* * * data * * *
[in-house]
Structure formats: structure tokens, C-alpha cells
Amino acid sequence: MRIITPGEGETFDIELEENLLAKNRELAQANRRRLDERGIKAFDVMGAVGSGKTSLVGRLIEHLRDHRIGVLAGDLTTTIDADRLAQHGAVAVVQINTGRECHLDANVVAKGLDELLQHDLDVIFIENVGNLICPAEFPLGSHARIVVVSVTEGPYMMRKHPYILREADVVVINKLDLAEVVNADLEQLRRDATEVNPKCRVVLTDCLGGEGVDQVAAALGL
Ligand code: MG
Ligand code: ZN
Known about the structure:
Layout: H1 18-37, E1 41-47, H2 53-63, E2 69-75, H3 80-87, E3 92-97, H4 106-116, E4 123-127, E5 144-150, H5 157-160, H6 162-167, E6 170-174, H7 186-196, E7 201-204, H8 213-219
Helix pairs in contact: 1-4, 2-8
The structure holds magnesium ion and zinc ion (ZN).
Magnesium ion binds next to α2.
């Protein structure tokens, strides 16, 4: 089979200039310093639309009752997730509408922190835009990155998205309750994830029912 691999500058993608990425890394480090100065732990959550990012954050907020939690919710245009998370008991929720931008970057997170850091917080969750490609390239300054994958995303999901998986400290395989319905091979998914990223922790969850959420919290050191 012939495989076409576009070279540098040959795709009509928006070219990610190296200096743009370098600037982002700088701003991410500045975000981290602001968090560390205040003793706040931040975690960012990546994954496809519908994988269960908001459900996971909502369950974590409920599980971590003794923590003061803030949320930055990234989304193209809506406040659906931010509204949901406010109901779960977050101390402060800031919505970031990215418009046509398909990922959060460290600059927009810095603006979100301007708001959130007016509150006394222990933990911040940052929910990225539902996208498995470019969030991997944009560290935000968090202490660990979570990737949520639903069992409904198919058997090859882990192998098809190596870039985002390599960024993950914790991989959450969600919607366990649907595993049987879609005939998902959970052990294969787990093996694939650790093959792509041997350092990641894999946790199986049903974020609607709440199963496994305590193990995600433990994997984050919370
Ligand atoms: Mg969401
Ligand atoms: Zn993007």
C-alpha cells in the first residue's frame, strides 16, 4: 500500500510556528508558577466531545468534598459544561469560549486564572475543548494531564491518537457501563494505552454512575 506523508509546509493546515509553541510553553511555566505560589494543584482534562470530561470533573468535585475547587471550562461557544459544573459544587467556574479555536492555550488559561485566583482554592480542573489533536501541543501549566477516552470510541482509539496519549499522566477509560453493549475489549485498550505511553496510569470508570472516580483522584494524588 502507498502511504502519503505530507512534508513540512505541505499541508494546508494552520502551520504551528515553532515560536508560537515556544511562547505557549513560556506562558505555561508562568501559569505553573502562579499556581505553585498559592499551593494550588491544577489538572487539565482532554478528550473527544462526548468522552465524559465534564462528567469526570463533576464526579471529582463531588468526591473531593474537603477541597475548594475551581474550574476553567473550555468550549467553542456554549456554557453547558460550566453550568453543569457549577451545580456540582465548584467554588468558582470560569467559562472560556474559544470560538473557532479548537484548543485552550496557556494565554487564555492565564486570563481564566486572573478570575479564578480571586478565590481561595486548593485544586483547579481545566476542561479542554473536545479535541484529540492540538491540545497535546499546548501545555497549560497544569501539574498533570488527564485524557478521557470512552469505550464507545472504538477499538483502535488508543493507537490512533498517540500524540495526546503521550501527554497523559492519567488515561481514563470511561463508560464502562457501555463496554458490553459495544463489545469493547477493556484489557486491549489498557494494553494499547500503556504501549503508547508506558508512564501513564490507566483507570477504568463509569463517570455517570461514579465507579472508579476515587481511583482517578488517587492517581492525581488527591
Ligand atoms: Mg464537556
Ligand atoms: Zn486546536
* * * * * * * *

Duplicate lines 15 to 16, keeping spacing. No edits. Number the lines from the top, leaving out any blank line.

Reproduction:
Ligand atoms: Mg464537556
Ligand atoms: Zn486546536